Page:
[Marxism] Commodity fetishism and reification

Charles Brown cbrown at michiganlegal.org
Thu Jun 3 12:21:21 MDT 2004


"Alienation" is usually part of this thought, I think, as in workers
alienated from the fruits of their labor. I believe Marx uses "alienation".
This seems to explode into alienation from themselves, from each other and
many other separations. It would seem that reification and commodity
fetishism are part of the theory of alienation.

Charles

From: Philip Ferguson <plf13 at student.canterbury.ac.nz>


Marx never used the term reification, as far as I am aware.

The concept of reification was developed by Lukacs, building on Marx's

analysis of commodity fetishism.

About five years ago, I wrote an article on the two things for

'revolution' magazine. If you go to www.revolution.org.nz
<outbind://8/www.revolution.org.nz>  and click on

past issues, then go to 1999 you should be able to find and open a pdf

for issue no. 10, August/September 1999.

Among other things, the article says, "Commodity fetishism is the

analysis of how relations between people (social relations) are

expressed in the 'fantastic form' of relations between things

(commodities) in capitalist society."

And

"Reification refers to the process by which social relations are

reproduced in people's minds in the form of things which stand outside,

separate and alienated from and above us and our own activities."

 

The best place to read about reification and see how Lukacs develops it

from Marx's concept of commodity fetishism is in Lukacs' brilliant

"History and Class Consciousness". He writes about it at length.

Since Lukacs the concept of reification has been used by lots of people,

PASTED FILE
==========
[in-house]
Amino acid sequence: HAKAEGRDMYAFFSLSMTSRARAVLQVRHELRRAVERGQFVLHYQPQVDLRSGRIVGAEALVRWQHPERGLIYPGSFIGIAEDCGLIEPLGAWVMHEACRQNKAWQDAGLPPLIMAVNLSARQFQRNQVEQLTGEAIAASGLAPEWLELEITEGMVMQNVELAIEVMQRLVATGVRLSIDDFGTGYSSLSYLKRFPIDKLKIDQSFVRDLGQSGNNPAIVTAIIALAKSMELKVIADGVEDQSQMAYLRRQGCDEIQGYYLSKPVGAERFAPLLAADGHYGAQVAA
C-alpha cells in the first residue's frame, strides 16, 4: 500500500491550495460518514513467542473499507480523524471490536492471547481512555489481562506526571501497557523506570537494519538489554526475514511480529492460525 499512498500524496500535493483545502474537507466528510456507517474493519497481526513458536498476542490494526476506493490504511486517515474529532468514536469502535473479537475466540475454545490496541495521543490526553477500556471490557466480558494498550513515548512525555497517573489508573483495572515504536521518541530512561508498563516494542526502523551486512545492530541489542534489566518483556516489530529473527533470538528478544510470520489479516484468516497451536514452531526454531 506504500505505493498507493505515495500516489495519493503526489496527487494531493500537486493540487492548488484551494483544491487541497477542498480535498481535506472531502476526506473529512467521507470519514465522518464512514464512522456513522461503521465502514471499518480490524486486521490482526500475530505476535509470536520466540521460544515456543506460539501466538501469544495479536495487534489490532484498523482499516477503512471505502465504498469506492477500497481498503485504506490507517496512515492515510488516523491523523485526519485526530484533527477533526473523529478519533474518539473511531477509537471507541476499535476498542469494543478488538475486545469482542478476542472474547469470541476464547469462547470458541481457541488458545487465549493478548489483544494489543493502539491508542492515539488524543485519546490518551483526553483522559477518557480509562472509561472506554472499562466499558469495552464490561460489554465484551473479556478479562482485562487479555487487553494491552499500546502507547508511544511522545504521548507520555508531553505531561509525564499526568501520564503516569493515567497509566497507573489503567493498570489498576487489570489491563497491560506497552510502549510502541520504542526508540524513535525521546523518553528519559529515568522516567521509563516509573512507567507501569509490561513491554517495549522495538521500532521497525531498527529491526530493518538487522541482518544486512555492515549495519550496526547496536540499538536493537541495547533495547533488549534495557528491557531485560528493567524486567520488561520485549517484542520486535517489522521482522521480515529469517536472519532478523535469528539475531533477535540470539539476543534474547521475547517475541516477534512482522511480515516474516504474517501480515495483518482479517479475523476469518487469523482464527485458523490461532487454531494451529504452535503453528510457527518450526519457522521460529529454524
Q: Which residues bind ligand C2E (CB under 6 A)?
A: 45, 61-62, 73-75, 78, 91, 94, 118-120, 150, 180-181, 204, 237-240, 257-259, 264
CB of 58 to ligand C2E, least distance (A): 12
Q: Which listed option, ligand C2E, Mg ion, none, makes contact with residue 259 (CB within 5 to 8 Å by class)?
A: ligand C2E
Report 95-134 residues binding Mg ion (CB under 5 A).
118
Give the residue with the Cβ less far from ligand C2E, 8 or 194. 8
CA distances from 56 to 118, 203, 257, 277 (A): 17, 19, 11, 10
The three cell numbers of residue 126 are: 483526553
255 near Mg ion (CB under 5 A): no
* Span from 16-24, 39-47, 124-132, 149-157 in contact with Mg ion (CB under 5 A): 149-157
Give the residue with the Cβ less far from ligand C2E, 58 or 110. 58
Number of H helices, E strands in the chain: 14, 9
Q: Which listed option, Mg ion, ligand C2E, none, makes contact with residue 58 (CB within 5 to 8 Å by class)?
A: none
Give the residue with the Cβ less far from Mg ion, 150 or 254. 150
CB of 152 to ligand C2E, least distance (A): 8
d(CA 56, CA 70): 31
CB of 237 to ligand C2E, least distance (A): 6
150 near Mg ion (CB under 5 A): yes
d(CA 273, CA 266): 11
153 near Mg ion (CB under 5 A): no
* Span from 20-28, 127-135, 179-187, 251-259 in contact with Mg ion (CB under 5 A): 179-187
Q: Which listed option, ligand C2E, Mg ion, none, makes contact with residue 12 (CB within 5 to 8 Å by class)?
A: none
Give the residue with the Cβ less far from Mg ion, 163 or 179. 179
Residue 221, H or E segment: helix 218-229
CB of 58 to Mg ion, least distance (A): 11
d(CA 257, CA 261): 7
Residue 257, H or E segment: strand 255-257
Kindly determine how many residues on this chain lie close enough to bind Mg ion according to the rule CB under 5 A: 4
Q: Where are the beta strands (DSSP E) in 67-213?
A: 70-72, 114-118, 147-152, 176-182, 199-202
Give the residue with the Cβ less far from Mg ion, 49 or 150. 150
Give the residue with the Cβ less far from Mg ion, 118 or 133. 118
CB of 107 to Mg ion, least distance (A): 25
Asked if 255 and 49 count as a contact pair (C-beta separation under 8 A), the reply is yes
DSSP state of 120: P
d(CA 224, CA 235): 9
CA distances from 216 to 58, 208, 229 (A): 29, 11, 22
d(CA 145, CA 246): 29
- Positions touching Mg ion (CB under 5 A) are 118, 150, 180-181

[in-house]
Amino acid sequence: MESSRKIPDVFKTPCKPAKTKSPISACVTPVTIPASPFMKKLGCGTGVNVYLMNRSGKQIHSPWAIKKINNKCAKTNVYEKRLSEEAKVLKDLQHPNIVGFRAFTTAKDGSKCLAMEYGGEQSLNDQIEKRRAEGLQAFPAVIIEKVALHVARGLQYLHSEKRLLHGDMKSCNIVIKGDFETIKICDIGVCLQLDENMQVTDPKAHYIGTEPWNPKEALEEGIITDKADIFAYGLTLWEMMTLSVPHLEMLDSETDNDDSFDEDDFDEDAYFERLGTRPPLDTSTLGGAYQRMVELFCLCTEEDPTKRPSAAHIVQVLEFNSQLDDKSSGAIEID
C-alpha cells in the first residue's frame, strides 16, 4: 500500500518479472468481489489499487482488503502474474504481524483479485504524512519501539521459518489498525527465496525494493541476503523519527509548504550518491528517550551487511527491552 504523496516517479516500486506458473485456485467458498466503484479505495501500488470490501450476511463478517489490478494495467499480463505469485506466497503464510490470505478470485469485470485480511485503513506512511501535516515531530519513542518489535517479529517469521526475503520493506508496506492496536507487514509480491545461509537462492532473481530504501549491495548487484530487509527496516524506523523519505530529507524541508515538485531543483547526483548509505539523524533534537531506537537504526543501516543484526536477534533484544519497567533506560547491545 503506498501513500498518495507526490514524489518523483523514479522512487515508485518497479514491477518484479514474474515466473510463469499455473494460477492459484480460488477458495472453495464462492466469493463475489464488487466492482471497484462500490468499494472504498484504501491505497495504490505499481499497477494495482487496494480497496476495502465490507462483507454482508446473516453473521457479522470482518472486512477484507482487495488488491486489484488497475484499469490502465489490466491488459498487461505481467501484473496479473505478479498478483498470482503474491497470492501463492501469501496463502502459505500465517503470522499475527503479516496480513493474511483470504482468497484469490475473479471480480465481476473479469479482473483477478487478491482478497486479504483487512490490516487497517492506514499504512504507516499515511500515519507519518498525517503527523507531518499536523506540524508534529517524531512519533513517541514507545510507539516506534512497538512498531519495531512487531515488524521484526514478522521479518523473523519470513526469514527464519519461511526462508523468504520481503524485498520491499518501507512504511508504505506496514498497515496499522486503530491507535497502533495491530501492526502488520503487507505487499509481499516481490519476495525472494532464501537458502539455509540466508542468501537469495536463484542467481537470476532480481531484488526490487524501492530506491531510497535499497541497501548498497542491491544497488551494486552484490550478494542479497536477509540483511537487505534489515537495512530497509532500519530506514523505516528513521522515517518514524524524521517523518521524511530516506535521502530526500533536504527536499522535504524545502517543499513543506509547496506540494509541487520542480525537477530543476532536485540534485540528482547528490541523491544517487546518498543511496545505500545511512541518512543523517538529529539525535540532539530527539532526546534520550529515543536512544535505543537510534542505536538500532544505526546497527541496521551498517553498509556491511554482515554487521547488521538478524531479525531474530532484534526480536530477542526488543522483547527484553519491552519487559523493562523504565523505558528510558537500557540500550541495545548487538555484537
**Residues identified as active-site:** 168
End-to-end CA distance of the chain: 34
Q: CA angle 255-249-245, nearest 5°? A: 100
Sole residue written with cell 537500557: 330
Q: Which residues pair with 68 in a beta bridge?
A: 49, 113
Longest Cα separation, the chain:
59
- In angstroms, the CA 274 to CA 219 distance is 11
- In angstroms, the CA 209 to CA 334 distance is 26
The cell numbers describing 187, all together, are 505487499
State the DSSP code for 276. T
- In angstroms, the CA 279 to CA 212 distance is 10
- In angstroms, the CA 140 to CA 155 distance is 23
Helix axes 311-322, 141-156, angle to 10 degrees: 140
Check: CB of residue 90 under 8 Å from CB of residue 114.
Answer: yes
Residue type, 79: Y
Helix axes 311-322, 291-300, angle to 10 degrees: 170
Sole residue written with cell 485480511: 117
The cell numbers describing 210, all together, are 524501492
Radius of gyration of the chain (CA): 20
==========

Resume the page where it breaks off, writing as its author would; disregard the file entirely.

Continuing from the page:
including plenty of non-Marxists. This has been useful in some cases -

for instance in analysing how 'race' is a reification - and not so

useful in others (it's became a bit of a plaything/fad for radical

academics in the 60s and 70s, with the revolutionary heart of the

concept being replaced by the usual academic rubbish).

Commodity fetishism is central to Marx's whole analysis of capitalist

society. It is also the key to how bourgeois ideology works.

The left often promotes the quite vulgar (and not specifically Marxist)

idea that bourgeois ideology is simply dreamed up by the capitalists and

then beamed to people in the media. This actually suggests that workers

are stupid and passive, that their minds are empty vessels which simply

become filled up with capitalist propaganda.

Commodity fetishism explains, however, how the inner workings of the

capitalist system, in the production process, appear at the surface of

society in a very distorted way. People's perceptions are based on

these surface appearances, since this is what they see and experience

directly.

This is true of both the capitalists and the workers. The ideology that

spontaneously emerges from this situation is bourgeois ideology and it

'works' because it does actually coincide to the appearance of reality.

Capitalists, of course, can and do invent lying propaganda, but this is

more usually to do with wars and particular single issues. 

Commodity fetishism and reification are also crucial in understanding

how specific forms of bourgeois ideology - conservative and liberal -

arise and operate, including how academic disciplines such as history,

economics, sociology and political science are all based on surface

appearances. Economics is probably the crudest variant, but the

postmodernist wing of sociology is running it pretty close when it comes

to developing 'theories' based on the surface appearances of capitalism.

Philip Ferguson






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